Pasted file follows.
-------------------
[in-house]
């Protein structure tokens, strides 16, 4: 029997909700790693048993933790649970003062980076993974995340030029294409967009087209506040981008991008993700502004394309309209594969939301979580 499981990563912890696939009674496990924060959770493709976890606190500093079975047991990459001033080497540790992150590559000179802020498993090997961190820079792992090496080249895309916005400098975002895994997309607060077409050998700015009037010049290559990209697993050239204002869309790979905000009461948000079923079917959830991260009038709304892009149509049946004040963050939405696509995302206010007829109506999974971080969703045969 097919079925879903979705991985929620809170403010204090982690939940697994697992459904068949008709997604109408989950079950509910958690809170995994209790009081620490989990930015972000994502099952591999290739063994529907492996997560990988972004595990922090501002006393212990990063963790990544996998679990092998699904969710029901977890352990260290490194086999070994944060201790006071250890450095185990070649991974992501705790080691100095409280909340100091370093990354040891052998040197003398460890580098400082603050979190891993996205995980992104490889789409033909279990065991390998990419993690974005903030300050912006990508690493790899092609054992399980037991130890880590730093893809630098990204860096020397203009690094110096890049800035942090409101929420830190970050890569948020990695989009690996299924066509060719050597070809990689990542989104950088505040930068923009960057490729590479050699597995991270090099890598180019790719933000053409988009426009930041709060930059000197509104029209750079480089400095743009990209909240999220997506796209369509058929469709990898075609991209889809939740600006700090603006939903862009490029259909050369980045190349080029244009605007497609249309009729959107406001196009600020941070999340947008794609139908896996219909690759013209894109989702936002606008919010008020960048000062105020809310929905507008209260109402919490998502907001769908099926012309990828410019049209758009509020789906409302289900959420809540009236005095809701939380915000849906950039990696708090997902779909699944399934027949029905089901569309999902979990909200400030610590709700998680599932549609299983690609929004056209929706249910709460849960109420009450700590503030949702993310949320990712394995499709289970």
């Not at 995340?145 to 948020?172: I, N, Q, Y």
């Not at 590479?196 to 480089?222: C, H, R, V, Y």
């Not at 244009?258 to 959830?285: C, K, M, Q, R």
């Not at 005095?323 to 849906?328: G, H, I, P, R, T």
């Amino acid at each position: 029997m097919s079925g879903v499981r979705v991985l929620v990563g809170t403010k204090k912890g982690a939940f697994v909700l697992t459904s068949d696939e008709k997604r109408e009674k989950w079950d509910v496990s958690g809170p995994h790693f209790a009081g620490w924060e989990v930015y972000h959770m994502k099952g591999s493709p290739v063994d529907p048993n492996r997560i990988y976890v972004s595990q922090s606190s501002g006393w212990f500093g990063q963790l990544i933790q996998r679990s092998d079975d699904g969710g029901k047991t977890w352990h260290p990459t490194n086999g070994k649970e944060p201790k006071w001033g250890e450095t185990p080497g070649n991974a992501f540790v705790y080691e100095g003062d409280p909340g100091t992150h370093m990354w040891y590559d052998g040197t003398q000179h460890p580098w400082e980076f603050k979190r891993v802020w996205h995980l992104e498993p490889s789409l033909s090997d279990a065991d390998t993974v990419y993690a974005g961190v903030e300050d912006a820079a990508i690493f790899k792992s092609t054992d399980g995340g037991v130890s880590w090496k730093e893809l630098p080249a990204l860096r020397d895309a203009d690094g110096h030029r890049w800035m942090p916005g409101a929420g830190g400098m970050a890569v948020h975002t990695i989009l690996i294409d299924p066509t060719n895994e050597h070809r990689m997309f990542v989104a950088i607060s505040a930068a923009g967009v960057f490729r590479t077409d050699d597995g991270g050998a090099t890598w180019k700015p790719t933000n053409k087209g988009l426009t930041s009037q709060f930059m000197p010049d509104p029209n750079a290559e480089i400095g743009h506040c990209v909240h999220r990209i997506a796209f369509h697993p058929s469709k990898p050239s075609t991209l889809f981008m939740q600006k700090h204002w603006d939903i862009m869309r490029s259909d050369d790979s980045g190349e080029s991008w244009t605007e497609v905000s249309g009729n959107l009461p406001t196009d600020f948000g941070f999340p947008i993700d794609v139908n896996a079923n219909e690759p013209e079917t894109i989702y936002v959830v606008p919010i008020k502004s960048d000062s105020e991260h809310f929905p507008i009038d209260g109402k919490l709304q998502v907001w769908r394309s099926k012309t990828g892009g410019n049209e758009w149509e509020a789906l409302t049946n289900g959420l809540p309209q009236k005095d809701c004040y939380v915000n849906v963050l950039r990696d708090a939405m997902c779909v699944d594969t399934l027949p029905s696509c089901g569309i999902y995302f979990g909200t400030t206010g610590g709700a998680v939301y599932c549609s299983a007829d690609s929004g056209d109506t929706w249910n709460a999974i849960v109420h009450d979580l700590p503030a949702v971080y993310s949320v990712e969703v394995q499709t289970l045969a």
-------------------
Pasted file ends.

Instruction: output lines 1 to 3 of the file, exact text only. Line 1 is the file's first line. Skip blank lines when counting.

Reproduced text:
[in-house]
């Protein structure tokens, strides 16, 4: 029997909700790693048993933790649970003062980076993974995340030029294409967009087209506040981008991008993700502004394309309209594969939301979580 499981990563912890696939009674496990924060959770493709976890606190500093079975047991990459001033080497540790992150590559000179802020498993090997961190820079792992090496080249895309916005400098975002895994997309607060077409050998700015009037010049290559990209697993050239204002869309790979905000009461948000079923079917959830991260009038709304892009149509049946004040963050939405696509995302206010007829109506999974971080969703045969 097919079925879903979705991985929620809170403010204090982690939940697994697992459904068949008709997604109408989950079950509910958690809170995994209790009081620490989990930015972000994502099952591999290739063994529907492996997560990988972004595990922090501002006393212990990063963790990544996998679990092998699904969710029901977890352990260290490194086999070994944060201790006071250890450095185990070649991974992501705790080691100095409280909340100091370093990354040891052998040197003398460890580098400082603050979190891993996205995980992104490889789409033909279990065991390998990419993690974005903030300050912006990508690493790899092609054992399980037991130890880590730093893809630098990204860096020397203009690094110096890049800035942090409101929420830190970050890569948020990695989009690996299924066509060719050597070809990689990542989104950088505040930068923009960057490729590479050699597995991270090099890598180019790719933000053409988009426009930041709060930059000197509104029209750079480089400095743009990209909240999220997506796209369509058929469709990898075609991209889809939740600006700090603006939903862009490029259909050369980045190349080029244009605007497609249309009729959107406001196009600020941070999340947008794609139908896996219909690759013209894109989702936002606008919010008020960048000062105020809310929905507008209260109402919490998502907001769908099926012309990828410019049209758009509020789906409302289900959420809540009236005095809701939380915000849906950039990696708090997902779909699944399934027949029905089901569309999902979990909200400030610590709700998680599932549609299983690609929004056209929706249910709460849960109420009450700590503030949702993310949320990712394995499709289970």
């Not at 995340?145 to 948020?172: I, N, Q, Y």